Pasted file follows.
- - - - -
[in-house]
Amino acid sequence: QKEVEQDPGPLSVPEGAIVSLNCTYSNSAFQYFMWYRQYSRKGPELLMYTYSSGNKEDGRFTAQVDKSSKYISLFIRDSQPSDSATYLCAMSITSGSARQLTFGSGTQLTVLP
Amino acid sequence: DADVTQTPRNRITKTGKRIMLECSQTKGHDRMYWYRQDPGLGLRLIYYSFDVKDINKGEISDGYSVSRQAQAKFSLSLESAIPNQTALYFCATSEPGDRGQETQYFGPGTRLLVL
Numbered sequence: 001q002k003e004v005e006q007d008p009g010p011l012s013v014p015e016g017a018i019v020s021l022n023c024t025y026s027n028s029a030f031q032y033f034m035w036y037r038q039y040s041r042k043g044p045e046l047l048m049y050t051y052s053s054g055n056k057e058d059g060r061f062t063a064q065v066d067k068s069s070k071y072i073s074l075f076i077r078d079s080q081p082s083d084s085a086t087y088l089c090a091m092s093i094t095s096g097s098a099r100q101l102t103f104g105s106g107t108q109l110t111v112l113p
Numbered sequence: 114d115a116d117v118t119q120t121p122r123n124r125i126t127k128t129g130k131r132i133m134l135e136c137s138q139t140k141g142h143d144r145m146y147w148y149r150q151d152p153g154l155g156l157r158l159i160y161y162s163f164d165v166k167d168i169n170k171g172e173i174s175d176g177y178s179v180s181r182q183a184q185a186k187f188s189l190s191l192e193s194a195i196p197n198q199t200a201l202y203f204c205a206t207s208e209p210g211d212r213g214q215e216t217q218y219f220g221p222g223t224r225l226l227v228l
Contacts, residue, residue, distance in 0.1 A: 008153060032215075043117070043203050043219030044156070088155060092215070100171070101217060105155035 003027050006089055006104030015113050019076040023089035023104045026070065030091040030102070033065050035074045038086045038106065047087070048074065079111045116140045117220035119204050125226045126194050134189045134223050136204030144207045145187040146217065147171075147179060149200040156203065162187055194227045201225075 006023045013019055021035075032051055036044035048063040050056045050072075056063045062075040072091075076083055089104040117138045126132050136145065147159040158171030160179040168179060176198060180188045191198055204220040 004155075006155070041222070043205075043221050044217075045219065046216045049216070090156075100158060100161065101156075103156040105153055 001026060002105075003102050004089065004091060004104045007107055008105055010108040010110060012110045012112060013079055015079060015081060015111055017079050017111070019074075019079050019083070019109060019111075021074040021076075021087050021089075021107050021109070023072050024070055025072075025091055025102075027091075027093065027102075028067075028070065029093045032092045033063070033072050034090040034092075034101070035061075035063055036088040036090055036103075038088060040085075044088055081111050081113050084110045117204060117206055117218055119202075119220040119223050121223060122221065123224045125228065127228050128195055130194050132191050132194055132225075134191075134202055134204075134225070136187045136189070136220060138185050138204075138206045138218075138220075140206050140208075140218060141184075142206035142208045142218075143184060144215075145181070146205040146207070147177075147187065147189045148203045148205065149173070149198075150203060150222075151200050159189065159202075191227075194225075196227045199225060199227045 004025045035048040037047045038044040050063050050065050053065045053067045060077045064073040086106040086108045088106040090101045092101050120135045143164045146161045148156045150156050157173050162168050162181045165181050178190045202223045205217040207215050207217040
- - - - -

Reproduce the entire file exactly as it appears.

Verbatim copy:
[in-house]
Amino acid sequence: QKEVEQDPGPLSVPEGAIVSLNCTYSNSAFQYFMWYRQYSRKGPELLMYTYSSGNKEDGRFTAQVDKSSKYISLFIRDSQPSDSATYLCAMSITSGSARQLTFGSGTQLTVLP
Amino acid sequence: DADVTQTPRNRITKTGKRIMLECSQTKGHDRMYWYRQDPGLGLRLIYYSFDVKDINKGEISDGYSVSRQAQAKFSLSLESAIPNQTALYFCATSEPGDRGQETQYFGPGTRLLVL
Numbered sequence: 001q002k003e004v005e006q007d008p009g010p011l012s013v014p015e016g017a018i019v020s021l022n023c024t025y026s027n028s029a030f031q032y033f034m035w036y037r038q039y040s041r042k043g044p045e046l047l048m049y050t051y052s053s054g055n056k057e058d059g060r061f062t063a064q065v066d067k068s069s070k071y072i073s074l075f076i077r078d079s080q081p082s083d084s085a086t087y088l089c090a091m092s093i094t095s096g097s098a099r100q101l102t103f104g105s106g107t108q109l110t111v112l113p
Numbered sequence: 114d115a116d117v118t119q120t121p122r123n124r125i126t127k128t129g130k131r132i133m134l135e136c137s138q139t140k141g142h143d144r145m146y147w148y149r150q151d152p153g154l155g156l157r158l159i160y161y162s163f164d165v166k167d168i169n170k171g172e173i174s175d176g177y178s179v180s181r182q183a184q185a186k187f188s189l190s191l192e193s194a195i196p197n198q199t200a201l202y203f204c205a206t207s208e209p210g211d212r213g214q215e216t217q218y219f220g221p222g223t224r225l226l227v228l
Contacts, residue, residue, distance in 0.1 A: 008153060032215075043117070043203050043219030044156070088155060092215070100171070101217060105155035 003027050006089055006104030015113050019076040023089035023104045026070065030091040030102070033065050035074045038086045038106065047087070048074065079111045116140045117220035119204050125226045126194050134189045134223050136204030144207045145187040146217065147171075147179060149200040156203065162187055194227045201225075 006023045013019055021035075032051055036044035048063040050056045050072075056063045062075040072091075076083055089104040117138045126132050136145065147159040158171030160179040168179060176198060180188045191198055204220040 004155075006155070041222070043205075043221050044217075045219065046216045049216070090156075100158060100161065101156075103156040105153055 001026060002105075003102050004089065004091060004104045007107055008105055010108040010110060012110045012112060013079055015079060015081060015111055017079050017111070019074075019079050019083070019109060019111075021074040021076075021087050021089075021107050021109070023072050024070055025072075025091055025102075027091075027093065027102075028067075028070065029093045032092045033063070033072050034090040034092075034101070035061075035063055036088040036090055036103075038088060040085075044088055081111050081113050084110045117204060117206055117218055119202075119220040119223050121223060122221065123224045125228065127228050128195055130194050132191050132194055132225075134191075134202055134204075134225070136187045136189070136220060138185050138204075138206045138218075138220075140206050140208075140218060141184075142206035142208045142218075143184060144215075145181070146205040146207070147177075147187065147189045148203045148205065149173070149198075150203060150222075151200050159189065159202075191227075194225075196227045199225060199227045 004025045035048040037047045038044040050063050050065050053065045053067045060077045064073040086106040086108045088106040090101045092101050120135045143164045146161045148156045150156050157173050162168050162181045165181050178190045202223045205217040207215050207217040